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Oil Supply Is Up, Forcing Oil Prices To Drop

Economic Implications Of Oil's Drop (Part 3 of 7)

(Continued from Part 2)

Increase in oil supply putting pressure on oil prices

On the oil supply side, the long-run U.S. shale oil renaissance has helped propel U.S. crude oil production from a low of about 5 million barrels per day in the mid-2000s to a 30-year high of about 8.7 million barrels per day. This structural trend intersected a series of positive supply developments over the last three months, including airstrikes against ISIS, the re-opening of Libyan ports, the fading of risks surrounding Russian oil supply and increasing Iranian shipments. Finally, Saudi Arabia signaled that it would no longer act as the marginal producer of oil, and instead committed to maintaining market share.

Market Realist – The forces of demand and supply for oil can be held largely responsible for the fall in prices. While demand growth has cooled off due to economic weakness in countries such as China (FXI) and Japan (EWJ) and the Eurozone (EZU), oil supply has been on the ascendant. This has thrown the balance out of whack, causing excess oil supply (XOP) and a steep fall in oil prices (BNO).

The following are the main points to look at when assessing the extent to which excess oil supply is causing prices to drop:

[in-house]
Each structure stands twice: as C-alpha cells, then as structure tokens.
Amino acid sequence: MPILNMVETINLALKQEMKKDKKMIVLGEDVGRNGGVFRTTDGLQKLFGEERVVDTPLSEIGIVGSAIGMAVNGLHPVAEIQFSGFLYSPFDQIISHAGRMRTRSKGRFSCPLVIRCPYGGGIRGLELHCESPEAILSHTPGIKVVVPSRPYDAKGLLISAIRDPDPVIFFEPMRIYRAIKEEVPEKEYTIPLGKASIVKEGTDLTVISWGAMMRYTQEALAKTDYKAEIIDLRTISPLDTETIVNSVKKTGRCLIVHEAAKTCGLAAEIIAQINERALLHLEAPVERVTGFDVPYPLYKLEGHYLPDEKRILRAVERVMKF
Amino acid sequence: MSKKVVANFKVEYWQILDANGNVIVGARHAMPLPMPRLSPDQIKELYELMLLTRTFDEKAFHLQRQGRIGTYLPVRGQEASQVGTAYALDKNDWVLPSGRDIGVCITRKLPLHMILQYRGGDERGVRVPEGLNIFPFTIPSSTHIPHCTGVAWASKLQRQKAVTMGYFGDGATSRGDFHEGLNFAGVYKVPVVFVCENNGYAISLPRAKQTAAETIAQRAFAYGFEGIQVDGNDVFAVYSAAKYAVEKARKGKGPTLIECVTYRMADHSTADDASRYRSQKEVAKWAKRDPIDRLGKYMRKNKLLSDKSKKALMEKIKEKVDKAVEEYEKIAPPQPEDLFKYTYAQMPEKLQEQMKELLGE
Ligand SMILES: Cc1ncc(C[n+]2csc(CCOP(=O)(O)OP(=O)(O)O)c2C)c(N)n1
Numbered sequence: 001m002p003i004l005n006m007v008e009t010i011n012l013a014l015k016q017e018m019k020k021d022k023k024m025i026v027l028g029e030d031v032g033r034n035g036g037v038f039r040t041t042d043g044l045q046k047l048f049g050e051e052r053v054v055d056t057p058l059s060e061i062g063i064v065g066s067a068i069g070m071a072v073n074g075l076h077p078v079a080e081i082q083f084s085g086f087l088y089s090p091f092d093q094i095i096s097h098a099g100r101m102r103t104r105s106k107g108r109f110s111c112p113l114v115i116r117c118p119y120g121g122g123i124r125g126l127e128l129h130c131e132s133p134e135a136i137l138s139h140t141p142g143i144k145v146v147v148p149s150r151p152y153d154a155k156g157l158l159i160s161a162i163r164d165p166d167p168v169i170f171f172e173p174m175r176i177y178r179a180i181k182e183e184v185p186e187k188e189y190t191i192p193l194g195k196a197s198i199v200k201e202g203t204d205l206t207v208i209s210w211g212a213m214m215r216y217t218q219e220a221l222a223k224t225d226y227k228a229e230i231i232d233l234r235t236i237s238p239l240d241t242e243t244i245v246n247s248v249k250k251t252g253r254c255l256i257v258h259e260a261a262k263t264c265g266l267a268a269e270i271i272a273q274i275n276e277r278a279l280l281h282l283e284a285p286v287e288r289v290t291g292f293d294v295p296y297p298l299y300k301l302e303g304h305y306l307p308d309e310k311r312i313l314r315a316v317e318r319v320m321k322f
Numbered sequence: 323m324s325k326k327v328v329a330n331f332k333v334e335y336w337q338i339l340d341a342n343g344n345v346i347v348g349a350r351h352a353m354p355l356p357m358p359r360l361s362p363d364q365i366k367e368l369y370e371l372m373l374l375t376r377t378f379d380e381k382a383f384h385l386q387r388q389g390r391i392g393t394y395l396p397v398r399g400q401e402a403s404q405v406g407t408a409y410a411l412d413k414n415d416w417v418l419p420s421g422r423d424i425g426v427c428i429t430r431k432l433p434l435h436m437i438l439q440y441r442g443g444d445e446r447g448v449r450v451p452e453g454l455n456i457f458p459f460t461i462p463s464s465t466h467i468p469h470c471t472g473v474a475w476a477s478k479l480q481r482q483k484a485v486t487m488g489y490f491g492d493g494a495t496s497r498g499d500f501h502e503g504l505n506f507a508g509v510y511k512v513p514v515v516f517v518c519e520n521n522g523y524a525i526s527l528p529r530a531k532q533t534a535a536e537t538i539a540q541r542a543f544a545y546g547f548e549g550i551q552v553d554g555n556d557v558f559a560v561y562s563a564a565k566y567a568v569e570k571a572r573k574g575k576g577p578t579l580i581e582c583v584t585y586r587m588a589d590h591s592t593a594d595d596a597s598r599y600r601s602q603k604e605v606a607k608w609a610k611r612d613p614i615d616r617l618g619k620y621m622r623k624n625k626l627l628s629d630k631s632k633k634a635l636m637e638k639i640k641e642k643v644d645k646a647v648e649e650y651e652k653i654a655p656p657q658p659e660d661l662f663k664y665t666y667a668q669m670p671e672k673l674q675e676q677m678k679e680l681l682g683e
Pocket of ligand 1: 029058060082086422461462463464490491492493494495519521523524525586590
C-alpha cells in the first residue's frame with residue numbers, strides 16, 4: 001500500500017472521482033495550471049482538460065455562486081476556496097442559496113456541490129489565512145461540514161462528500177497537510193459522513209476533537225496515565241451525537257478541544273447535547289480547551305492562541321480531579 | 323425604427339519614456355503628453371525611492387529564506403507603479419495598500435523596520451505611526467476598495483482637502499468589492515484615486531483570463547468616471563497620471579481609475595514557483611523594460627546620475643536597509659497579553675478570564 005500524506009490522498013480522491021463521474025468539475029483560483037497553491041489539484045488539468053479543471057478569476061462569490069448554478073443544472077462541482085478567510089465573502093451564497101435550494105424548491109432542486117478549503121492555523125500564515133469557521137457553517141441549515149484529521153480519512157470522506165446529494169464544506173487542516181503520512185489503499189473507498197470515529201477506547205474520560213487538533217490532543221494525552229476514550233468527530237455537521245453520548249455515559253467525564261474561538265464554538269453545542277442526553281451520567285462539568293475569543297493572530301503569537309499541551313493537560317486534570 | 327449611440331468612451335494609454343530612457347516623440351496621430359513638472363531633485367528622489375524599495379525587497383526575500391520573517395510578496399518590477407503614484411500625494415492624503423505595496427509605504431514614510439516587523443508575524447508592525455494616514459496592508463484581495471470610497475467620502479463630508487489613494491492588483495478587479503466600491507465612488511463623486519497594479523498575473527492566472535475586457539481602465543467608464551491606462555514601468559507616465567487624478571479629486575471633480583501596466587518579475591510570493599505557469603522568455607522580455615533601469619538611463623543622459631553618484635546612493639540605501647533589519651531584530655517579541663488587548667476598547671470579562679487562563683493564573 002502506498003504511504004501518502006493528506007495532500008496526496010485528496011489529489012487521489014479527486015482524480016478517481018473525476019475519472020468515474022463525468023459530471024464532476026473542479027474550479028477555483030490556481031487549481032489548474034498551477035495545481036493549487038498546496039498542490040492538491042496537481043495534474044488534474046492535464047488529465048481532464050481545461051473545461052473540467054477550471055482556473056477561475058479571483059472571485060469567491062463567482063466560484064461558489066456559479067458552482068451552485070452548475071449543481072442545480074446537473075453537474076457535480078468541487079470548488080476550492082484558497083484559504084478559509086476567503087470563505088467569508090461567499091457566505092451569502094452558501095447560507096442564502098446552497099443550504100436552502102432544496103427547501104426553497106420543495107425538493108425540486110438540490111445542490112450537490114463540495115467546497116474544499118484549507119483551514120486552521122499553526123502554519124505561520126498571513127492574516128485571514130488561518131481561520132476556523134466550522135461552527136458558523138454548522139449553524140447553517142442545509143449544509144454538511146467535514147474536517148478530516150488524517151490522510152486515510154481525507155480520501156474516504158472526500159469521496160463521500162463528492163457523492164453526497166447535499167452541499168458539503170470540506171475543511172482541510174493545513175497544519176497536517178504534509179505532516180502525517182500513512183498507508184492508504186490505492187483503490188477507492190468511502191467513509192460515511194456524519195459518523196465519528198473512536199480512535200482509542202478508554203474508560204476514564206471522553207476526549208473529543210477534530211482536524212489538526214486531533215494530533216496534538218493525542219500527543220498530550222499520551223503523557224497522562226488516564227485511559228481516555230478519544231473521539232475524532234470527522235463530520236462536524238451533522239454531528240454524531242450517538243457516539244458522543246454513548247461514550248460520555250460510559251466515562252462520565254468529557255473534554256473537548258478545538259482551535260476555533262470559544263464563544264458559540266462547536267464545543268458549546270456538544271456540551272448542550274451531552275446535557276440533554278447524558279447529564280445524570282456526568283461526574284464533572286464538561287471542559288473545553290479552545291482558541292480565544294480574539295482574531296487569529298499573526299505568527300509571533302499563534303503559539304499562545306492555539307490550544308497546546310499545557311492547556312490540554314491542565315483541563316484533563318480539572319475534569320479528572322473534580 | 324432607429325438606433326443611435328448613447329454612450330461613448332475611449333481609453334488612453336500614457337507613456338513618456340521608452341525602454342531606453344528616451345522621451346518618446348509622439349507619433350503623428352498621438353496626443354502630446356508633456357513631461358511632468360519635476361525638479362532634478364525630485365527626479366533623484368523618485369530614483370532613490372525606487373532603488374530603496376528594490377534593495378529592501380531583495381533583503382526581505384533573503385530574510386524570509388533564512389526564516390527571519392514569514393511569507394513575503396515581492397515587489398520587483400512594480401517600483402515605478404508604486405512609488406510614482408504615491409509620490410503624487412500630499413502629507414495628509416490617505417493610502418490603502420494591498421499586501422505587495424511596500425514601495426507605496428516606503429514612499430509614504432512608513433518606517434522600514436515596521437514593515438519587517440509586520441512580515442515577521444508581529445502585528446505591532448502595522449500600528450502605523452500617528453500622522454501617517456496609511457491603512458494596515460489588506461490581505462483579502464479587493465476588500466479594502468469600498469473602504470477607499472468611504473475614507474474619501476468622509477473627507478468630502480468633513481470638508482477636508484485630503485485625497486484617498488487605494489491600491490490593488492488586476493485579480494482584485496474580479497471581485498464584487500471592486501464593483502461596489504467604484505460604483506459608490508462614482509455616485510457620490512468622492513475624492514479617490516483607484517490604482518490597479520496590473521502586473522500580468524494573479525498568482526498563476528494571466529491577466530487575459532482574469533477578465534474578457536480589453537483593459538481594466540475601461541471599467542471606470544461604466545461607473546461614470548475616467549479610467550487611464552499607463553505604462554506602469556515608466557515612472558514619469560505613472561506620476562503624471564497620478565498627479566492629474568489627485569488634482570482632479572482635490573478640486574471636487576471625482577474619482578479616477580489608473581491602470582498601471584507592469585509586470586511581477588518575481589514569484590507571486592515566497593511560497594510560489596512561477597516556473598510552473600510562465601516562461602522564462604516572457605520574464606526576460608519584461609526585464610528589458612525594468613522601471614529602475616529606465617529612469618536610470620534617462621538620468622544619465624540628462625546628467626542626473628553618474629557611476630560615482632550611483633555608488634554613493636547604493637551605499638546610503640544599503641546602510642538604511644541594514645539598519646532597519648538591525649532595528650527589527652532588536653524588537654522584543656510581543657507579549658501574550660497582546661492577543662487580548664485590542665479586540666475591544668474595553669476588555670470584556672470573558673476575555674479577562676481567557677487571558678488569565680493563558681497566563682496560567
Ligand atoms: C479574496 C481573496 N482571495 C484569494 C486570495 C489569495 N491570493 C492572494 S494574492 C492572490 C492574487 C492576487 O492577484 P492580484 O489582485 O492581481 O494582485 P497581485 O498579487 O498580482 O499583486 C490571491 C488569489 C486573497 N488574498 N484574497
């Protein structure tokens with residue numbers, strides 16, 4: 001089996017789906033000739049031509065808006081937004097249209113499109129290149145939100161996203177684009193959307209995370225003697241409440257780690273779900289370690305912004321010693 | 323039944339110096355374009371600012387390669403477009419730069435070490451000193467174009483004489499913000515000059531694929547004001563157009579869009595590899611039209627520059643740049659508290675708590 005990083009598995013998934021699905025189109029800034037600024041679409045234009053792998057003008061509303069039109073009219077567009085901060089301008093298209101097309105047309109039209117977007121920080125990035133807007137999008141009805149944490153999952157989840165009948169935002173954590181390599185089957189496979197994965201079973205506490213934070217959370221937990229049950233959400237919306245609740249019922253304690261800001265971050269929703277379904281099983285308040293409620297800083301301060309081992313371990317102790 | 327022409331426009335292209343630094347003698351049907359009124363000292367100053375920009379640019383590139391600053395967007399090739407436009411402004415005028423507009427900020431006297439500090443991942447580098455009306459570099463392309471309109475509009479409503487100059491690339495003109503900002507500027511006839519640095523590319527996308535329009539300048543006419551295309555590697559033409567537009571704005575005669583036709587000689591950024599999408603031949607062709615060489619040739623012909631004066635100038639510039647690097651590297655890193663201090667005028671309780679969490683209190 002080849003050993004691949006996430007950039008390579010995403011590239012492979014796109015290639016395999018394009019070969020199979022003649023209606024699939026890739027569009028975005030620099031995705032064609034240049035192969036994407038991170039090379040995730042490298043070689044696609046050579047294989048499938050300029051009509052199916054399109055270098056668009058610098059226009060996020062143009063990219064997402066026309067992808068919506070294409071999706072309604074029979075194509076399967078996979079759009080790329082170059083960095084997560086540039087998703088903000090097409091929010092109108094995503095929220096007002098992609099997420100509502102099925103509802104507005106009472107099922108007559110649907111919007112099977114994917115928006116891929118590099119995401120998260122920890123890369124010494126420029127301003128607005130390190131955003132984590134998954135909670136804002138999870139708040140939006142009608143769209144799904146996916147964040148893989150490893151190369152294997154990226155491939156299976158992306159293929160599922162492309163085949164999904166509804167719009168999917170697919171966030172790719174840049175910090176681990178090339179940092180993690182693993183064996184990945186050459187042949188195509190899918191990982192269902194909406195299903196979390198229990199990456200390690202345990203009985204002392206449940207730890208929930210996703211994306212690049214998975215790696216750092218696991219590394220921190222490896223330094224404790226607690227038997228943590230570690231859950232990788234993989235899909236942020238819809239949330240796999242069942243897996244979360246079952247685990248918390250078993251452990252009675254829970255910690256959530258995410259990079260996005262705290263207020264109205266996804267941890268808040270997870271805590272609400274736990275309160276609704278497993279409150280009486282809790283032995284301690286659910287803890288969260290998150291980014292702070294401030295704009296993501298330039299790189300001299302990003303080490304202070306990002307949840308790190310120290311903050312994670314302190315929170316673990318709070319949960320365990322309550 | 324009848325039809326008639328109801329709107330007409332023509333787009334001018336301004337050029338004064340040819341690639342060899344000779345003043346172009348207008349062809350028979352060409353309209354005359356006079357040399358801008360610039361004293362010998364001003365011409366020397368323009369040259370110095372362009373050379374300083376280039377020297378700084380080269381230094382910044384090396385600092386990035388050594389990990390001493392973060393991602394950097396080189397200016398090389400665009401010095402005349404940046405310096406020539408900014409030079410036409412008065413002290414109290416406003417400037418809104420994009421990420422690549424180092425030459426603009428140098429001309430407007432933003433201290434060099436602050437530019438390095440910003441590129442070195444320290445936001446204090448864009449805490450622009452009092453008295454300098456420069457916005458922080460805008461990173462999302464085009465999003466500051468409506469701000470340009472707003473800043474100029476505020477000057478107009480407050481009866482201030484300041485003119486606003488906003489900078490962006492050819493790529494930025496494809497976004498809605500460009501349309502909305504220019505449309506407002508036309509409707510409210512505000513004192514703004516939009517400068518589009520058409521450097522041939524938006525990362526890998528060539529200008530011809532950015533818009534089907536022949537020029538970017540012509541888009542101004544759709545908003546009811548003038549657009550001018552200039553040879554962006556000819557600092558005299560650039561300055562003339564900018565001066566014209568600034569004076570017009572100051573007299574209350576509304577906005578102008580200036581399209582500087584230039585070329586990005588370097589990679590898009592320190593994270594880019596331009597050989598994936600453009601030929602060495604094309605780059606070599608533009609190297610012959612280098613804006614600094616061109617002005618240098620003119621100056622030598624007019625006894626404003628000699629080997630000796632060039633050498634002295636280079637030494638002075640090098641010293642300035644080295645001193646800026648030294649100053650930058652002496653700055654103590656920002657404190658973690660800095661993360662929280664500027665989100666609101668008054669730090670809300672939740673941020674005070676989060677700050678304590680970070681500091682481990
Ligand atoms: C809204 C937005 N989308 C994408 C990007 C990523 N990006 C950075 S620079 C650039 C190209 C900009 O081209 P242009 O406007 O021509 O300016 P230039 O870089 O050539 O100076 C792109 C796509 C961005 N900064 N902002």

• The US Shale Boom – The fracking revolution elicited a boom for shale-oil-rich regions. The shale boom transformation increased the production of US crude oil manifold and propelled it to multi-year highs. According to US Energy Information Administration, or EIA, estimates, US crude oil (BNO) output for the week ended December 5, 2014, increased to 9.1 million barrels a day, its highest level since 1983. The graph above shows how US production has increased remarkably over the past ten years.

  • OPEC refusing to cut output target – OPEC voted to keep its target output at 30 million dollars a day on November 27, 2014. The refusal to cut production signals attempts by the OPEC (Organization of the Petroleum Exporting Countries) to retain its market share. The energy minister for the United Arab Emirates also stated that OPEC is likely to keep its output unchanged for the next three months and would not cut production even if oil prices were to fall to $40.

  • Increase in production in other countries – Oil supply is high due to an increase in production in many other non-OPEC countries. According to EIA estimates, Canada augmented its crude oil production from 2.5 million barrels per day, or bpd, in 2009 to 3.3 million bpd in 2013. Russia (RSX) too saw an upswing in production levels, from 9.5 million bpd in 2009 to 10 million bpd in 2013. The non-OPEC production growth has been outpacing the growth in world consumption for oil, as you can see in the graph above.

The increase in oil supply, when contrasted with the decline in demand, helps explain the drop in oil prices.

Continue to Part 4

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